Above the fold, the NYT splashes a photo of a female U.S. soldier in full battle gear charging into combat—an increasingly common sight in Iraq and Afghanistan, where troop shortages and shifting strategic needs are allowing more and more women to sidestep rules intended to keep them out of the line of fire. The trend has boosted women's status in the armed forces and has helped catapult female officers up the ranks: "Iraq has advanced the cause of full integration for women in the Army by leaps and bounds," says one former colonel. But it's also led to calls for women to be granted formal parity with their male peers—and for gays and lesbians to be given the same opportunities for military service. "They made it work with women," said one gay-rights campaigner. "Certainly integrating open service of gay and lesbians is within their capability."
Virginia Sen. Jim Webb traveled to Burma's remote administrative capital yesterday for talks with Gen. Than Shwe, chief of the country's ruling military junta, and was rewarded with the release of an American detainee and permission for a rare meeting with democracy campaigner Aung San Suu Kyi. Webb, who the Post notes is a longtime advocate of engagement with Myanmar, drew criticism from dissident groups for the trip; still, the NYT reports, the move comes as Obama officials are reassessing their hard line toward Myanmar's military leaders and could pave the way for further U.S. engagement.
A huge car bomb rocked one of Kabul's most secure streets yesterday, killing seven people and injuring more than 90 outside NATO headquarters, barely a block from the U.S. embassy and the presidential palace. The NYT notes that the blast presumably indicates the Taliban's intent to disrupt this week's presidential election through violence; if the group manages to suppress turnout in its own southern strongholds, the election's legitimacy could be thrown into question. "It is the Taliban who are trying to deny Afghans their political rights," a senior U.S. official told the Post. "That's a lesson that ought to come home to all of us."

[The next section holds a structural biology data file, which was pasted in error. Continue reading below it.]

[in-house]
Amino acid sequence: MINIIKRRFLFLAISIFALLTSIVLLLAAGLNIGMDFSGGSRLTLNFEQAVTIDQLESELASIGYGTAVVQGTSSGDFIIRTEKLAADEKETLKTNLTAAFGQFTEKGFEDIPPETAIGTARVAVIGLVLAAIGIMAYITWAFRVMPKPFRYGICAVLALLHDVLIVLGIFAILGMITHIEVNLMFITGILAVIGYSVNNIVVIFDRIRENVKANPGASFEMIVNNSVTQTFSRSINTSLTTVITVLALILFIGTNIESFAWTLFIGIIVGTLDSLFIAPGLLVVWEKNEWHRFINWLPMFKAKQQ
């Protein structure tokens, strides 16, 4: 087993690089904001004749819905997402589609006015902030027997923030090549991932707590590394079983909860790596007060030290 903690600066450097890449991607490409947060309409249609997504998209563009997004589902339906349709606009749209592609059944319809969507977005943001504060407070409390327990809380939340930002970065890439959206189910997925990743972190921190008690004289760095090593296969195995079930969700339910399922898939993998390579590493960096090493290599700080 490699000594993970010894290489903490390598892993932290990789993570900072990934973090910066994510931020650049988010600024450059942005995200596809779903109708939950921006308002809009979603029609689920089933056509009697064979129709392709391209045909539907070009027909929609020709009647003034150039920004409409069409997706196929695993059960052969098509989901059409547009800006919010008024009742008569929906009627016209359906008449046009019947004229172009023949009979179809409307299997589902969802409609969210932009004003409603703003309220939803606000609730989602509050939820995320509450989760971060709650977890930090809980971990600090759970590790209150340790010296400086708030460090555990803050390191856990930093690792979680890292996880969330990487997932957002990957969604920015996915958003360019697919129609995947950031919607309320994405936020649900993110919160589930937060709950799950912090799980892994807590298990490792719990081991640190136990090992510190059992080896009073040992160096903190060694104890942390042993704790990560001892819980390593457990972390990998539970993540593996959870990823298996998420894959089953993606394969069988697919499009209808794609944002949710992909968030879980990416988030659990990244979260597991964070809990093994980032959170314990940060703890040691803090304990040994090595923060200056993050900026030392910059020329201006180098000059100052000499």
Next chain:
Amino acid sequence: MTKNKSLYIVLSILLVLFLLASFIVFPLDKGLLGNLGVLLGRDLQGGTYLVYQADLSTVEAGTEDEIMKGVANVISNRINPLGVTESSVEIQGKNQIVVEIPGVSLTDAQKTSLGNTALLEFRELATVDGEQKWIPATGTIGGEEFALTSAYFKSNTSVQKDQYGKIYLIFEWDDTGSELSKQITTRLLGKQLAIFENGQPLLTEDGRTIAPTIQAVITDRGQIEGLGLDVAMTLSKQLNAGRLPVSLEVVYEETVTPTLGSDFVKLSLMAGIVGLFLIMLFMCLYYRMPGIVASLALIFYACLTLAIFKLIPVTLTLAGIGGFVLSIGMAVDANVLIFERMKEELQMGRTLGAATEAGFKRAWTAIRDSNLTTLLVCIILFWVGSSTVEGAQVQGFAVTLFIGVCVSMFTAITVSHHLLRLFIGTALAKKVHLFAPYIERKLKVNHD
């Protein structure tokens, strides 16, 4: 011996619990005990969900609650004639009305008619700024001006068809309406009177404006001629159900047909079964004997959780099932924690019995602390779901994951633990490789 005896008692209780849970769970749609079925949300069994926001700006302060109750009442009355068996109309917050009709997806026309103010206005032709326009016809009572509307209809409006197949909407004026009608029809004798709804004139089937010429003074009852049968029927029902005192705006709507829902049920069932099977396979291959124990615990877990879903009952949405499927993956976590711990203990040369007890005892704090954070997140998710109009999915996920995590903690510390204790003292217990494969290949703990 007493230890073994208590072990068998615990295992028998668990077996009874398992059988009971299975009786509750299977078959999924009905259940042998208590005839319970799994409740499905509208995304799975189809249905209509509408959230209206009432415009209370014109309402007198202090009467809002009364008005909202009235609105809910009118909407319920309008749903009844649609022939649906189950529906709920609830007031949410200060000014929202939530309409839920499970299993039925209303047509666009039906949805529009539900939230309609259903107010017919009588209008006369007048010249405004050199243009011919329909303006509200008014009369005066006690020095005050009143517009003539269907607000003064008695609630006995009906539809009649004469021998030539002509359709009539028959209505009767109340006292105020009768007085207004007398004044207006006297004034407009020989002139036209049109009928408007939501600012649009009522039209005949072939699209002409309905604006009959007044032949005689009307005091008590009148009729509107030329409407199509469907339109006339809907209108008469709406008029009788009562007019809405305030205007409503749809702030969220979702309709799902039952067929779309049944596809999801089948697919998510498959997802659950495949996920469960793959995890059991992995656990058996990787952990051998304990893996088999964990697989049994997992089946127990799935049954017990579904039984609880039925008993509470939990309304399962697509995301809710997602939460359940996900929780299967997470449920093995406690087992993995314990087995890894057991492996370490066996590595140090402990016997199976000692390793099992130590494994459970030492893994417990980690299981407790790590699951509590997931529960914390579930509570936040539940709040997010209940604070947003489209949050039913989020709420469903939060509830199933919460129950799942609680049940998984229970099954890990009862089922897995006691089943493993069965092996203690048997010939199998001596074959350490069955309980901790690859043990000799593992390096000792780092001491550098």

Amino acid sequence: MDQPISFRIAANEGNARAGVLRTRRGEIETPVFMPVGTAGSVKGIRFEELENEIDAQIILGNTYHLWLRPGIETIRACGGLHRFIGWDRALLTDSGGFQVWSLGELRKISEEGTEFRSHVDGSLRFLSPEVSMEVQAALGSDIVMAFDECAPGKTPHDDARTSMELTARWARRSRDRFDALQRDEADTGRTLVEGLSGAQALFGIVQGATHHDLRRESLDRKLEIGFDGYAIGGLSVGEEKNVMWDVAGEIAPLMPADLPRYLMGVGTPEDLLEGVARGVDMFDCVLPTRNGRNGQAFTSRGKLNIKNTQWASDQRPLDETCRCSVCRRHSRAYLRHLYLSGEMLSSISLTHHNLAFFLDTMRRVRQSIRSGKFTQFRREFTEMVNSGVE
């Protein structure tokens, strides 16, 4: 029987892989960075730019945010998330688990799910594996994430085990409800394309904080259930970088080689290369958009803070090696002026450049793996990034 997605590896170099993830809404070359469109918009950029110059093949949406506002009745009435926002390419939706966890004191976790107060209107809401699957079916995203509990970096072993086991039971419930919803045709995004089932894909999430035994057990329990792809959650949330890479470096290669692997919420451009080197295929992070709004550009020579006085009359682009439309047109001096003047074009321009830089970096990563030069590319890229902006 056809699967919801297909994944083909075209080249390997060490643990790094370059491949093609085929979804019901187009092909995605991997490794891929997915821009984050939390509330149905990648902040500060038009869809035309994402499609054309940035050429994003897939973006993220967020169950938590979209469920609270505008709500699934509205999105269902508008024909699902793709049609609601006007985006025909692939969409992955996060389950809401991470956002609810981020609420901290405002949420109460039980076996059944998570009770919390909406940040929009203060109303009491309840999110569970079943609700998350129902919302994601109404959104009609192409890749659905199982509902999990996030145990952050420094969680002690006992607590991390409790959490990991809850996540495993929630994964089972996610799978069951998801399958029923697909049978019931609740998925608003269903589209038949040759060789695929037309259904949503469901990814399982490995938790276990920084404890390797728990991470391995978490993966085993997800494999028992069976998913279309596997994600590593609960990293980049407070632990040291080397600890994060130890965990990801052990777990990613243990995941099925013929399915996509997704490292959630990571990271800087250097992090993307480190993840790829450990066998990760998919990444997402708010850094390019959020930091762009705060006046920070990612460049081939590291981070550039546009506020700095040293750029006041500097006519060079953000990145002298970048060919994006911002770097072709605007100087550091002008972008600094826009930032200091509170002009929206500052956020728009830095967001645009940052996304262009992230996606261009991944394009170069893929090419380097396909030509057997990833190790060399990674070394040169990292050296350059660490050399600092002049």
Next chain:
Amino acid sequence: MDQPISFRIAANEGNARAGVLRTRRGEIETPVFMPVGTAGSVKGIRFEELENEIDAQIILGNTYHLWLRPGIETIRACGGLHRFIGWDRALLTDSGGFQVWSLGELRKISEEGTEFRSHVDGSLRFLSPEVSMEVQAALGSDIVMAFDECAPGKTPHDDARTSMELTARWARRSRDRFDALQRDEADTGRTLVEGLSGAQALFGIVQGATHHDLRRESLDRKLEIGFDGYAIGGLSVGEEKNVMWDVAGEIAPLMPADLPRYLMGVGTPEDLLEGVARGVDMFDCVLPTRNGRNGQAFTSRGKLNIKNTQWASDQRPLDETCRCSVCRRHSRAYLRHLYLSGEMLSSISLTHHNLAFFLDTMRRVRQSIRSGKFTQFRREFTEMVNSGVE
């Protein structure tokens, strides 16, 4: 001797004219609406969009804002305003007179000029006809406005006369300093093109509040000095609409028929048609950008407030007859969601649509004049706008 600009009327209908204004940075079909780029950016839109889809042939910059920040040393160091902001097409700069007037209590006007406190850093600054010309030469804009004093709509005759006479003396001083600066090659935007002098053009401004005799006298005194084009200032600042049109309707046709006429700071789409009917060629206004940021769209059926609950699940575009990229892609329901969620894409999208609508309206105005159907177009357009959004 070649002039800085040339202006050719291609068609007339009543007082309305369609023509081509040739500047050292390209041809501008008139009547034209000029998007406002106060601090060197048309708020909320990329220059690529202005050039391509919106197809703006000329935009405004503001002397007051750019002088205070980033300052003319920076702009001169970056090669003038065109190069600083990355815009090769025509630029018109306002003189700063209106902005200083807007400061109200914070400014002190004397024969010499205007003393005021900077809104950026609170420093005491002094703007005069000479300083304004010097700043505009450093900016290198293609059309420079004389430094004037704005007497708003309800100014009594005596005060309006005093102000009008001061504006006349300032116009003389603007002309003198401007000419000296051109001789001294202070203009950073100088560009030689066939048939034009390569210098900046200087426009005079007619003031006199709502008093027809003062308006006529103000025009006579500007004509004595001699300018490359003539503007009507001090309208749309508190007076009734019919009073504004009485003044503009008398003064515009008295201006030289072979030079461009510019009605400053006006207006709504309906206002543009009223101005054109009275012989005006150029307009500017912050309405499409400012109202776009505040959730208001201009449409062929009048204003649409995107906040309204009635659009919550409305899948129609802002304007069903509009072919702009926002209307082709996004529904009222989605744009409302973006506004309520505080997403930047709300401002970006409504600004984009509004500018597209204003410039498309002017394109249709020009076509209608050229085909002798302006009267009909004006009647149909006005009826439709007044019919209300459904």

Meanwhile, reports the NYT, the Obama administration is to create a new counterpropaganda unit within the State Department to challenge the Taliban's dominance of local radio stations in Afghanistan and Pakistan; up to $150 million a year will be spent training journalists, establishing local radio stations and expanding cell-phone coverage across the region. "Concurrent with the insurgency is an information war," said project chief Richard Holbrooke. "We can't succeed, however you define success, if we cede the airways."
Iranian opposition leader Mir Hussein Moussavi yesterday announced the formation of a new grassroots political movement, dubbed the Green Way of Hope. The NYT says the move marks his continuing defiance in the face of fresh government crackdowns; still, notes the LAT, Moussavi's announcement failed to set out a specific political agenda or to give a clear strategy for rekindling the country's opposition movement. The Post reports thatAyatollah Ali Khamenei, the country's supreme leader, appointed a hard-line cleric as Iran's new judiciary chief; his first task will be to oversee the mass trial of more than 100 of Moussavi's supporters, who are accused of conspiring to overthrow Iran's Islamic government.
And finally, the NYT fronts a look at continuing tensions in Kashmir, where 500,000 Indian security forces remain in place despite the fact that separatist violence has ebbed to its lowest point in two decades. Local activists say that rape and extrajudicial killings by the Indian police and military are endemic, fueled by rules that shield troops deployed to the region from prosecution. "Maybe at some point in time when the militants were in the thousands it made sense to have so many soldiers here," said one opposition leader. "But at this point they are not helping in any way. Their mere presence has become a source of friction."
Ben Whitford writes for the Guardian, Mother Jones and Newsweek.